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The illogical callousness of the bedroom tax is totted up in ruined family lives

The latest data from 107 local authorities shows that 86,000 households have now been forced out of their accommodation to look for 1-bedroom homes, but only 33,000 have become available in the past year. The pressure points vary regionally. In Rochford, Essex, for example, 100 social housing tenants were driven out by the benefit cuts, but only 5 one-bedroom properties had become vacant in the previous year.

Gloucester council said, by contrast, that 111 one-bedroom properties had been available in the past year, but nearly 500 households needed them because of the bedroom tax. Another example, Inverclyde in Scotland, said 1,100 households would need to move into 1-bedroom homes, but only 96 had been free to rent last year. This means that in these 3 areas alone 95%, 80% and 91% of those families driven out of their homes were unable, however hard they tried, to find locally the smaller accommodation they were required to move into.

None of this is unexpected by the government. They planned it and pushed it through knowing exactly what the results would be. Their own impact assessment last summer acknowledged that 35% of claimants subject to the bedroom tax “would be quite or very likely to fall into arrears if their housing benefit were to be reduced”. They also predicted that about 660,000 tenants would be hit by this tax. That’s one in five of all social housing tenants.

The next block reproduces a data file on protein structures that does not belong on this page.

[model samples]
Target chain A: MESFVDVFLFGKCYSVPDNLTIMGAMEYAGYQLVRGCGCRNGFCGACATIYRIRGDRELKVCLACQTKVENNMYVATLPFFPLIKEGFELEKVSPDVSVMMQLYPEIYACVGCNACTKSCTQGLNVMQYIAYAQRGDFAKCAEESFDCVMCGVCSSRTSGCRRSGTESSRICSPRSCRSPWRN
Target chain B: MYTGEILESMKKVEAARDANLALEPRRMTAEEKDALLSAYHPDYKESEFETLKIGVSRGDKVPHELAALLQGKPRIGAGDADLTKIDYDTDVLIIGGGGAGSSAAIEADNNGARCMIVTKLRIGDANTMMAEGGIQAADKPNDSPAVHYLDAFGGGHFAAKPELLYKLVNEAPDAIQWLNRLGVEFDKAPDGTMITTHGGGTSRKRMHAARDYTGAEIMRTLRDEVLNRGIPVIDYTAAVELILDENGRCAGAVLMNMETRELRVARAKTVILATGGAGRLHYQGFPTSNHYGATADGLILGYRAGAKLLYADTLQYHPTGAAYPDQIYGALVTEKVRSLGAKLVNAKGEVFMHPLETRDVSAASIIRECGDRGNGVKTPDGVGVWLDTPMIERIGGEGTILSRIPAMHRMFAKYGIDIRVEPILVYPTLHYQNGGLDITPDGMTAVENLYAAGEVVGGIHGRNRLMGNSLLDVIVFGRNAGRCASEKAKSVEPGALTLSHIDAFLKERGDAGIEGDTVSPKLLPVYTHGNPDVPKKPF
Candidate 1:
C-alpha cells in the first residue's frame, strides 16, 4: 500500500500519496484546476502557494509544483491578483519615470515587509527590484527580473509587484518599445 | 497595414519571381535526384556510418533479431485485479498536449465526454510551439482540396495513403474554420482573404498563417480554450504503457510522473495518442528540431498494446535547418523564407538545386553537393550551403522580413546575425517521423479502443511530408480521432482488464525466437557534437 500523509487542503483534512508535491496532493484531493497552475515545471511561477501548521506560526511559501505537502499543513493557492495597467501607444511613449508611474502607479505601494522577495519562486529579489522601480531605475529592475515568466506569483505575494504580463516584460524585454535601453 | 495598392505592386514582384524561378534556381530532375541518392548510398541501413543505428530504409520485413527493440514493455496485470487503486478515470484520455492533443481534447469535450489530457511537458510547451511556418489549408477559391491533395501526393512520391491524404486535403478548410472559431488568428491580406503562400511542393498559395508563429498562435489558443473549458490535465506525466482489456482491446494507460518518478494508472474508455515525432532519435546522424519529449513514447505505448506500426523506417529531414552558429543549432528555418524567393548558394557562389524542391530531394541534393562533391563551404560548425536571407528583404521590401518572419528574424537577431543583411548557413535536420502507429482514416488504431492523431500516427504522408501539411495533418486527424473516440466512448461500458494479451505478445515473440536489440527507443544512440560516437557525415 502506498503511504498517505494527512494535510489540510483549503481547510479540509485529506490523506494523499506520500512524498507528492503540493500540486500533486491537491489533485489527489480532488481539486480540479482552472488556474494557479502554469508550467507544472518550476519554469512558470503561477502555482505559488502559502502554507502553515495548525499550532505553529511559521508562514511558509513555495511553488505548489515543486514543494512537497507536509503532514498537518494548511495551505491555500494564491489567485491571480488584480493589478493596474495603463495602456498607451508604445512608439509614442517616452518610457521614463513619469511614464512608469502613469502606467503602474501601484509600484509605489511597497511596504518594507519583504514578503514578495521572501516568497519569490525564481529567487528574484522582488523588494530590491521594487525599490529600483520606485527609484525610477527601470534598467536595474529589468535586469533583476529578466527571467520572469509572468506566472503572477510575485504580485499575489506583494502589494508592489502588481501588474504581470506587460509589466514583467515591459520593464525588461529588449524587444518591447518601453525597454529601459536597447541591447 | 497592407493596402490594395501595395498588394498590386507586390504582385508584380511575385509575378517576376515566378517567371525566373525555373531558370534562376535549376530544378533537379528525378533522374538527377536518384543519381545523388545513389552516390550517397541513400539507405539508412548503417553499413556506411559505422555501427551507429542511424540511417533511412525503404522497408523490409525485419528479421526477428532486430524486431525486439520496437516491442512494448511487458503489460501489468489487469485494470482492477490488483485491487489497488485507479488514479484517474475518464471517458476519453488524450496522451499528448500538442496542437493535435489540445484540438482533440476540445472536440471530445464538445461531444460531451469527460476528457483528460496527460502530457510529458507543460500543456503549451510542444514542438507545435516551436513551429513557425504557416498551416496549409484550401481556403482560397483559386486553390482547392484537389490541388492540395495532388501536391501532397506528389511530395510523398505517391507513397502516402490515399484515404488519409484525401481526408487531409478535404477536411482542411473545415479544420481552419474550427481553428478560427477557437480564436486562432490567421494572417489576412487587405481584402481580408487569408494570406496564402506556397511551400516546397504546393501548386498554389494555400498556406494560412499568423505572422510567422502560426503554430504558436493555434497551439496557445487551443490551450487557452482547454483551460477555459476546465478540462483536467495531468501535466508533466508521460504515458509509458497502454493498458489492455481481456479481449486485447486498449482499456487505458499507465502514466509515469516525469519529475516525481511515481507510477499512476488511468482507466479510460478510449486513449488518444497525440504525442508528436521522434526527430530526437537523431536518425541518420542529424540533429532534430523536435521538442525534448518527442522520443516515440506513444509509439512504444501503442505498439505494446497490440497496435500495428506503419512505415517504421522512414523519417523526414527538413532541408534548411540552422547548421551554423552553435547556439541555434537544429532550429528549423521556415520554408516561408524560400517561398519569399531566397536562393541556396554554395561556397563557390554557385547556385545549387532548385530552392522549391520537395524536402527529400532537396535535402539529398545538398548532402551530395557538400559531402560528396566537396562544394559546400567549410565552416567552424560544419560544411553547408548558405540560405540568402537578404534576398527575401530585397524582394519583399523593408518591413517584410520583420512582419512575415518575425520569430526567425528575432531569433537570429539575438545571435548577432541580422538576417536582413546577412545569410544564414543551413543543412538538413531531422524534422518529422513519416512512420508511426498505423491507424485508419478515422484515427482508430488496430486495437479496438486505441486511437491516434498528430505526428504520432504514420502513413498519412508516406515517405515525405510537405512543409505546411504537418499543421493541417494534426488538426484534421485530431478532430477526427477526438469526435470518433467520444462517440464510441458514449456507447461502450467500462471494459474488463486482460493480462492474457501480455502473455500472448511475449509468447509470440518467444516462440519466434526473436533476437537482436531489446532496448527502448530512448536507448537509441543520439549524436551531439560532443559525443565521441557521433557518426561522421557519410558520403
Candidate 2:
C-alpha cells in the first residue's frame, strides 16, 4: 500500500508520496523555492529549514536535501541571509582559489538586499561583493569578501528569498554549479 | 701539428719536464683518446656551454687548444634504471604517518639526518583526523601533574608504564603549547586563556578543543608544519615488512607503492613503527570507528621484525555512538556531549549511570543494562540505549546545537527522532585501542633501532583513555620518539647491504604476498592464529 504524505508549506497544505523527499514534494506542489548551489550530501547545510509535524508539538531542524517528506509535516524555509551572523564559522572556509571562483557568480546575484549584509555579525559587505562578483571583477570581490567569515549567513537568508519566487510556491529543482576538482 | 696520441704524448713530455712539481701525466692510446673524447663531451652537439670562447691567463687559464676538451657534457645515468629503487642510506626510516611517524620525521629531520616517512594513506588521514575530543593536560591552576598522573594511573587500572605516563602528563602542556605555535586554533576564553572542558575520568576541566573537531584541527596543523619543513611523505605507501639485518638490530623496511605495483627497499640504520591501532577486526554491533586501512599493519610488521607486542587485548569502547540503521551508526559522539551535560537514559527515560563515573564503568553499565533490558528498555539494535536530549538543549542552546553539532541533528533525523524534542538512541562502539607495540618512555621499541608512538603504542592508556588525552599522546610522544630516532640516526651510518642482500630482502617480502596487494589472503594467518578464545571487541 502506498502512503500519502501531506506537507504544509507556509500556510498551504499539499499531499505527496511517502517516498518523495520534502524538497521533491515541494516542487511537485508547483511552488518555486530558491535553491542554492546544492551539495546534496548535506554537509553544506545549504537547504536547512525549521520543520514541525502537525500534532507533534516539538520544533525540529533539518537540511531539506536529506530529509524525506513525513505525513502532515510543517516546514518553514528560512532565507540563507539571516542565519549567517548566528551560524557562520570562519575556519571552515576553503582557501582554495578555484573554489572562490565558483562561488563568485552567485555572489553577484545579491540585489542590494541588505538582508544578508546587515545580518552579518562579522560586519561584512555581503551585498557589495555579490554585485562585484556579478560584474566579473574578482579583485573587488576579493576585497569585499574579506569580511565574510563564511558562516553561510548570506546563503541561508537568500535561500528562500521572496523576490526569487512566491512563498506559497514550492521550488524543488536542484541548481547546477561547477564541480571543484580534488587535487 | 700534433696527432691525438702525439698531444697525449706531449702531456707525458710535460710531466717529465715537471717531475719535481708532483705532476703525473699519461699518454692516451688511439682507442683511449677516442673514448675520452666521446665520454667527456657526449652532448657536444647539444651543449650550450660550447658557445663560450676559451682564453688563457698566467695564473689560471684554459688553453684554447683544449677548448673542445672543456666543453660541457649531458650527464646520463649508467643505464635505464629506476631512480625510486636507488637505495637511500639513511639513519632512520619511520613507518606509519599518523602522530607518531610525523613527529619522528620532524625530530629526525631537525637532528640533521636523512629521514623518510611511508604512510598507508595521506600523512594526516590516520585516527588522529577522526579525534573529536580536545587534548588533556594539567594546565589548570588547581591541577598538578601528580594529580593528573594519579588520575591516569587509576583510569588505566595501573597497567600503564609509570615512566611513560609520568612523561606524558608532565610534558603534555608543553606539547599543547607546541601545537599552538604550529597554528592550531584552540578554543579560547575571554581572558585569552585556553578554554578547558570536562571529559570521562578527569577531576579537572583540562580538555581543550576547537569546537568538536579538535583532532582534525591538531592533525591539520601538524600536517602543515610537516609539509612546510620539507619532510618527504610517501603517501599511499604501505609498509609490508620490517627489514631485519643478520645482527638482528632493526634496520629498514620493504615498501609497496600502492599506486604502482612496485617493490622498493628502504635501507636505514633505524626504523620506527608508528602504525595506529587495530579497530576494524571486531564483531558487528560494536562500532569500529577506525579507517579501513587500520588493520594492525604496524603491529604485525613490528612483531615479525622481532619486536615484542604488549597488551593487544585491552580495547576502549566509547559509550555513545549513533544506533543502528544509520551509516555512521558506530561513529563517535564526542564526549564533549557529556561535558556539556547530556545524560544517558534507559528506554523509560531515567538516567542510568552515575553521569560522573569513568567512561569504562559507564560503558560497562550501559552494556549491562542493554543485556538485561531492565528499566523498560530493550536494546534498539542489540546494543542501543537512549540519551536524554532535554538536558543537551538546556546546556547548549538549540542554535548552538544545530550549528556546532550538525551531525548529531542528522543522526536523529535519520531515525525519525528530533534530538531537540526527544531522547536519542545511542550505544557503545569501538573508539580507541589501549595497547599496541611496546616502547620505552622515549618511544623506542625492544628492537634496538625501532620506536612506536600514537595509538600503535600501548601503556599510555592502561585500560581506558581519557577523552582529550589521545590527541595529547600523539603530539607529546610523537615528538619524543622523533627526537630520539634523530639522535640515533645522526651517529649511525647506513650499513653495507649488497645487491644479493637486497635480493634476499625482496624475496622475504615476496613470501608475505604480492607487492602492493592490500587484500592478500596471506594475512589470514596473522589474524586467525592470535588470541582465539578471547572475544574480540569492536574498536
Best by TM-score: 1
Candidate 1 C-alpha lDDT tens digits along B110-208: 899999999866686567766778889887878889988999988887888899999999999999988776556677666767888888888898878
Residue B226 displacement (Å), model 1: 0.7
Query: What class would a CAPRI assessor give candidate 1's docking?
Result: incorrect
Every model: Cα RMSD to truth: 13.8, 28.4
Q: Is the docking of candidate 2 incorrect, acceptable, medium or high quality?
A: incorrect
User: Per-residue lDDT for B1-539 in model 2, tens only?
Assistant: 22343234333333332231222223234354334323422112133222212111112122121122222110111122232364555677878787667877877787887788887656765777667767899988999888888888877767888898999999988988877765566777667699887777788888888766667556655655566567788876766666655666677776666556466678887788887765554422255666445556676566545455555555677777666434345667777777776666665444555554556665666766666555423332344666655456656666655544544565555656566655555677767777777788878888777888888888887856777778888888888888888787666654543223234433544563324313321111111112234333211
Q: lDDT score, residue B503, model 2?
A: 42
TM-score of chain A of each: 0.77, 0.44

And the tax is notoriously confined to social housing tenants, not to private tenants or owner-occupiers, though if the Tories’ rationale for the tax is the need to adjust to housing shortage – caused by the slump in housebuilding due to the Tory-imposed austerity – it would be logical to apply an under-occupation levy in all housing sectors. But of course this bedroom tax is not driven by logic, but by spite and hostility to Council housing. It has nothing to do with cutting the budget deficit because the government’s own estimate of the £460m reduction in housing benefit amounts to a saving of precisely 0.05% of total benefit expenditure (two-thirds of which goes to pensioners).

IDS, the proponent of this tax, has told us he could live on job seeker’s allowance of £71 a week – though he’s never proved it by actually doing it. Would he however like to try living on £2.53 a day? Mary, who lives in Bishop Auckland, gets employment support allowance in an area of high unemployment. Out of her benefit of £71.70 a week, she pays £10 a week for electricity and £6 a week for water rates.

She uses coal for heating like most people in Bishop Auckland, and 3 bags cost her £19.50 a week. Her bus fare if £4 a week, and she will now have to pay £9.24 a week in bedroom tax. That leaves her with £22.96 a week, and after buying necessary cleaning and sanitary products, all she is left with is £17.71 for food, which works out at £2.53 a day. Like to volunteer to do a week (let alone every week in the next year or years) on that, IDS?

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